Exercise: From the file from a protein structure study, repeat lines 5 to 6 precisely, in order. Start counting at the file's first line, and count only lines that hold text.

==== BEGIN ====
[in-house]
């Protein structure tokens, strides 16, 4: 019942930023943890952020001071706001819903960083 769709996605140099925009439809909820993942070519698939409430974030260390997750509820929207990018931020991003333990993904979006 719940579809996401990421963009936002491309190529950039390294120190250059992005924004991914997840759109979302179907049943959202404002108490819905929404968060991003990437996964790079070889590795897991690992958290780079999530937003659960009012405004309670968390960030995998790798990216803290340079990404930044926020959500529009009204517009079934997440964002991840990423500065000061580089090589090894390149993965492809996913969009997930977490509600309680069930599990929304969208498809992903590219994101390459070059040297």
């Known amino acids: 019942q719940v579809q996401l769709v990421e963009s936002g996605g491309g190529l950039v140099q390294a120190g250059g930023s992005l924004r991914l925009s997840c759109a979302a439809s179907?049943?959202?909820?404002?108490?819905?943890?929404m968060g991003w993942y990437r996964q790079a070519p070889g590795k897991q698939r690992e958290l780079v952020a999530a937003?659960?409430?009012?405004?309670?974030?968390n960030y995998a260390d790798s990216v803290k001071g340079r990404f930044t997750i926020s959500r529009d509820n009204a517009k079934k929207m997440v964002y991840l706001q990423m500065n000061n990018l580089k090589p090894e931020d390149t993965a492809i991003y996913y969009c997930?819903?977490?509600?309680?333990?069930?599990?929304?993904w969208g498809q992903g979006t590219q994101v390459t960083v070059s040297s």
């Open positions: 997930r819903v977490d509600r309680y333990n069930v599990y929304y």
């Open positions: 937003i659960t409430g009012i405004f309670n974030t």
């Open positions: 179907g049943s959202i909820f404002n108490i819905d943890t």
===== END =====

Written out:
């Open positions: 937003i659960t409430g009012i405004f309670n974030t």
């Open positions: 179907g049943s959202i909820f404002n108490i819905d943890t």